Captain of the Steppe by Oleg Pavlov, tr. Ian Appleby

Deep in the desolate steppe, Captain Khabarov waits out his service at a camp where the news arrives in bundles of last year’s papers and rations turn up rotting in their trucks. One Spring, he decides to plant a field of potatoes to feed his half-starved men . . .

This blackly comic novel shows the unsettling consequences of thinking for yourself under the Soviet system. Oleg Pavlov’s first novel, published when he was only 24, Captain of the Steppe was immediately praised for its chilling but humane and hilarious depiction of the Soviet Empire’s last years.

I had heard this books described as “Kafka meets Catch 22″ and got the impression from reviews and the blurb above that the Captains’ decision to plant potatoes to feed his men would play a much larger role in the novel than it actually does. I was also expecting it to be funnier but perhaps that’s just a matter of taste and sense of humour.

Captain of the Steppe by Oleg Pavlov, tr. Ian Appleby (And Other Stories, 2013)

Captain of the Steppe by Oleg Pavlov, tr. Ian Appleby (And Other Stories, 2013)

It’s taken me a while to write this up because I had been looking forward to reading this book – it was another of my first picks from the Summer Reads longlist – and I don’t like writing negative reviews unless I really hate the book, which I certainly didn’t. I found the historical aspects of the novel interesting and enjoyed the descriptions of landscapes and characters, but in the end it isn’t really the kind of book that appeals to me. I am too easily lost by political machinations, as a result of which I kept forgetting who people were and not being able to work out what they were up to. I also found the plot confusing as it switched between the characters at the camp in the Steppe and those back at headquarters, and found it hard to keep track of who everybody was – often the case with Russian novels given all the variations on the characters’ names. The cast of characters at the back would have helped more if I’d found it earlier!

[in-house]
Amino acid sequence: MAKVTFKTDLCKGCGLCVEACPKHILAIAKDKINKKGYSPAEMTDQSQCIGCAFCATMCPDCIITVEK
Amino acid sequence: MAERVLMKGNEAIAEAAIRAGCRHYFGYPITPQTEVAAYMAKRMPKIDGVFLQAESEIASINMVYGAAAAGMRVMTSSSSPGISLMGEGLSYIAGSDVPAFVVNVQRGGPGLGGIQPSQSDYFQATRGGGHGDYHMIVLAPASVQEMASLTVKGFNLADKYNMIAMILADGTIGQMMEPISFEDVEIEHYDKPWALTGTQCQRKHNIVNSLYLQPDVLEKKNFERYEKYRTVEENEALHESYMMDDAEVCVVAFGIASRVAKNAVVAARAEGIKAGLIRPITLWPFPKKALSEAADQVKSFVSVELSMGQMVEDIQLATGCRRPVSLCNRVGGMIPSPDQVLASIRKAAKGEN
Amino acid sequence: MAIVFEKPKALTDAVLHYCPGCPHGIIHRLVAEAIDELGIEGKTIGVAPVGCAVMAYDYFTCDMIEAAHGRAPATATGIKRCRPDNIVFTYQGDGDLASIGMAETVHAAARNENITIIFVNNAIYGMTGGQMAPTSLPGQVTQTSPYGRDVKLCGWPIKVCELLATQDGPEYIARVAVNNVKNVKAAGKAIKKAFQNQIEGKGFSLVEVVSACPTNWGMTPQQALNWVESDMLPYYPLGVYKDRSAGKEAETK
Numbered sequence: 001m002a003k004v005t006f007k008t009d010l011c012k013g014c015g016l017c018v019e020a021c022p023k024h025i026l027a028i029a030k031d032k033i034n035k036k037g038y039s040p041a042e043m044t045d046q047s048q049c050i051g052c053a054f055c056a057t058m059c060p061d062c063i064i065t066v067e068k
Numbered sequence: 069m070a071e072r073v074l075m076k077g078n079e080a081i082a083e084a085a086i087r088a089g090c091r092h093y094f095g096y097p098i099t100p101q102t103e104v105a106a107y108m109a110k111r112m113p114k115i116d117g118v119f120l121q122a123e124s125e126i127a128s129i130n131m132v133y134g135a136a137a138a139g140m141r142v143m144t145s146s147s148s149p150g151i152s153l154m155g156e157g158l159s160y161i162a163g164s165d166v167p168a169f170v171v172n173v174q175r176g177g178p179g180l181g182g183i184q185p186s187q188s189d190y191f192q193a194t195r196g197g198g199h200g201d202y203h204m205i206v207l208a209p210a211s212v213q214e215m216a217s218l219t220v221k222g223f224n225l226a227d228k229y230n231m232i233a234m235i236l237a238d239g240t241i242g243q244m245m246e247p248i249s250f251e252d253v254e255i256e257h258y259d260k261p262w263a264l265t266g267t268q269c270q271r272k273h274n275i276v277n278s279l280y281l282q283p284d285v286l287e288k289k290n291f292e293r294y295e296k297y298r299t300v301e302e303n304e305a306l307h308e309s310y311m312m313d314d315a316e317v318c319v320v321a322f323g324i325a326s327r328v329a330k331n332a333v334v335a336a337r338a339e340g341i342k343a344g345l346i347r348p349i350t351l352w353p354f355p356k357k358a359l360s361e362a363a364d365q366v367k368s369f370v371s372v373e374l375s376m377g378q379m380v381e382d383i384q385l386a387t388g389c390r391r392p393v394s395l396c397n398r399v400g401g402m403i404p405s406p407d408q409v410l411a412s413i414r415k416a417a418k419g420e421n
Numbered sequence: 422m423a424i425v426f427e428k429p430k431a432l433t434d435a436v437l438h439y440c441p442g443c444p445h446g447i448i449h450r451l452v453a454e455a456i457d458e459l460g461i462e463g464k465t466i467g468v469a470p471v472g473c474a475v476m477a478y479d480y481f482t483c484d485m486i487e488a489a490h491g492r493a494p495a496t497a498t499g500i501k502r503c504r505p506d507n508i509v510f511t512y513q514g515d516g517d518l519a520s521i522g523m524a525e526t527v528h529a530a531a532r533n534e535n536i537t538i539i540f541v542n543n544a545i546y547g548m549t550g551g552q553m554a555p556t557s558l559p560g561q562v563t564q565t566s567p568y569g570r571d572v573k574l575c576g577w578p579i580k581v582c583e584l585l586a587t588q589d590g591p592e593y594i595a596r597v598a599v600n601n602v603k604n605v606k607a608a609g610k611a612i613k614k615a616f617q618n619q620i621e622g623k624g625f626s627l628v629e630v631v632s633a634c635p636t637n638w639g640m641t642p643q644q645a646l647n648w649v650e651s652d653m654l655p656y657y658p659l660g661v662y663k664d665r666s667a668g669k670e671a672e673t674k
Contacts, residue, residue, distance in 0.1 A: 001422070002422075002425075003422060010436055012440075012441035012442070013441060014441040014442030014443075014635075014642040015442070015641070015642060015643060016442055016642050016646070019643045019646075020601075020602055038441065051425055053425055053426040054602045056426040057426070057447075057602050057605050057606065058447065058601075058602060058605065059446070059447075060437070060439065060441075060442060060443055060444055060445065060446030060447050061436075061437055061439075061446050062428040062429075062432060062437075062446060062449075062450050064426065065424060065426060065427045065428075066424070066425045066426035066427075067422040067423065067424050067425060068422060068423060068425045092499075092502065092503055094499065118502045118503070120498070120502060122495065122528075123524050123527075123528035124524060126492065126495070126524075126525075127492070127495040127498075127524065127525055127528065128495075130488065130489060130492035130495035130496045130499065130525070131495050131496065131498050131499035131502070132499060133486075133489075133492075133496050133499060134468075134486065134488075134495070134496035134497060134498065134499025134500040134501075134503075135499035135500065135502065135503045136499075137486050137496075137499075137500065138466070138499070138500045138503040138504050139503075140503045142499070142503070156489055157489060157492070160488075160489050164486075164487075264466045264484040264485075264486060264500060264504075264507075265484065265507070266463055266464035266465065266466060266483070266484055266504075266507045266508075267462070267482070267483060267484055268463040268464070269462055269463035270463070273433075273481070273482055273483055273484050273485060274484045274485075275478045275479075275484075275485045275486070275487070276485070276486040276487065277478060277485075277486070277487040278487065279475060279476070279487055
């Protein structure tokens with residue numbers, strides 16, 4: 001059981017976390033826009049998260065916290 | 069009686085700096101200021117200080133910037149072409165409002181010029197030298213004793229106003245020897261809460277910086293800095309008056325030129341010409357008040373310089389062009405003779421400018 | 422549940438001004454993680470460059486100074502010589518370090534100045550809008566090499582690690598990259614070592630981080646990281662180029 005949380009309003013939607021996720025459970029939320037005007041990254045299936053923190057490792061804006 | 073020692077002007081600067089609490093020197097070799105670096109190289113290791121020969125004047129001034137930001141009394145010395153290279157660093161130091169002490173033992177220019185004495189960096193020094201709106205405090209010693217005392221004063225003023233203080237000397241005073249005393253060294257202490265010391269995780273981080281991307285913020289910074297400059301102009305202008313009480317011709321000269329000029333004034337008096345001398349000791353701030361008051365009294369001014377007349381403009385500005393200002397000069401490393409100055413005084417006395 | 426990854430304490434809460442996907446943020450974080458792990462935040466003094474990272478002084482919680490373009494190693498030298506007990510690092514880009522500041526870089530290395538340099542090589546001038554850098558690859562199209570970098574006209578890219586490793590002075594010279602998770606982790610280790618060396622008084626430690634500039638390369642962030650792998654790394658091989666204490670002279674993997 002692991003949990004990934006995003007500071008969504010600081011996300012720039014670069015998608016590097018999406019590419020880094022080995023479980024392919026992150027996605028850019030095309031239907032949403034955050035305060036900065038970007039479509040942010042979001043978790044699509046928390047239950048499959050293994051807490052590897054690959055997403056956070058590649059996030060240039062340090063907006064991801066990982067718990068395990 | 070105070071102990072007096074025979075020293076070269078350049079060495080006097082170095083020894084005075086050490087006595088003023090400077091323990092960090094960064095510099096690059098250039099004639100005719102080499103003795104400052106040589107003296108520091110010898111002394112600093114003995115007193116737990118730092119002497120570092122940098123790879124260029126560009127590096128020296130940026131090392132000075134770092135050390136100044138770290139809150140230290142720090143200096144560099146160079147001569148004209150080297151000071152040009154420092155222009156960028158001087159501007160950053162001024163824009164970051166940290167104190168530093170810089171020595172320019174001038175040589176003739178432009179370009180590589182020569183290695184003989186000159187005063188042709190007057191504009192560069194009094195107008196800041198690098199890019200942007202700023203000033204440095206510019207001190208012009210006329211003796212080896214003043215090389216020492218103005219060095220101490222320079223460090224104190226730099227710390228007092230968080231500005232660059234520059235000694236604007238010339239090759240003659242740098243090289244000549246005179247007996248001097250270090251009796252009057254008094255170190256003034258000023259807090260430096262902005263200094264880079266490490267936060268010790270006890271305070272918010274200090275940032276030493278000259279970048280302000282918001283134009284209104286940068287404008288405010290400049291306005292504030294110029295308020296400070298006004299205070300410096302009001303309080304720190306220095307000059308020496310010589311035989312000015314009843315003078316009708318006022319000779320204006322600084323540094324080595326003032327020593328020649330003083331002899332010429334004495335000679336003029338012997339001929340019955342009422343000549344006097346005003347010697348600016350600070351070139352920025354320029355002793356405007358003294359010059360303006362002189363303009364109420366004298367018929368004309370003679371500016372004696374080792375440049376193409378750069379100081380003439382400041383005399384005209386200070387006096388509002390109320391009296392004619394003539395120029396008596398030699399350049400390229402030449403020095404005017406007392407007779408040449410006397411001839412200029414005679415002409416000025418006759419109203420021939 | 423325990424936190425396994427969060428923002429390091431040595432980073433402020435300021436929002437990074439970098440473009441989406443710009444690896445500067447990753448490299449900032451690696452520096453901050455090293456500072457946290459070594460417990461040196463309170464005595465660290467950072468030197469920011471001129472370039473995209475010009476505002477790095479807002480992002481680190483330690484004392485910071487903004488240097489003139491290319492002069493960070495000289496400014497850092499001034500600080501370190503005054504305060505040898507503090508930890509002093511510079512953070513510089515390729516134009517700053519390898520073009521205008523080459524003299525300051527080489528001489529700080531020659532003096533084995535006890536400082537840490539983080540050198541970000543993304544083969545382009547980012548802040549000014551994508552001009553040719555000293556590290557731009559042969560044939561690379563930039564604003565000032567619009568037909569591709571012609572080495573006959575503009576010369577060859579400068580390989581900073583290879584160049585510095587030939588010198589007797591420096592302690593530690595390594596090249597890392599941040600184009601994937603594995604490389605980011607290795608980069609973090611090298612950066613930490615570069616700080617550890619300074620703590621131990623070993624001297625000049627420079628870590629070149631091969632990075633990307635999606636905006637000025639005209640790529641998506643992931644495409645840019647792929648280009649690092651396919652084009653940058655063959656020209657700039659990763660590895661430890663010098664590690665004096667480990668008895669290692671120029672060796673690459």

Perhaps if I come back to it another time, and in another frame of mind, I might get on with it better. I can certainly appreciate the writing and others who have a better head for this kind of thing than me will surely enjoy it.

About forwardtranslations

I'm a freelance literary translator from German and French to English. The title of my blog comes from Mary Schmich's description of reading: it struck home with me, and seems especially apt for translated fiction. Here are some of my musings on what I'm reading, re-reading, reading to my children, and translating.
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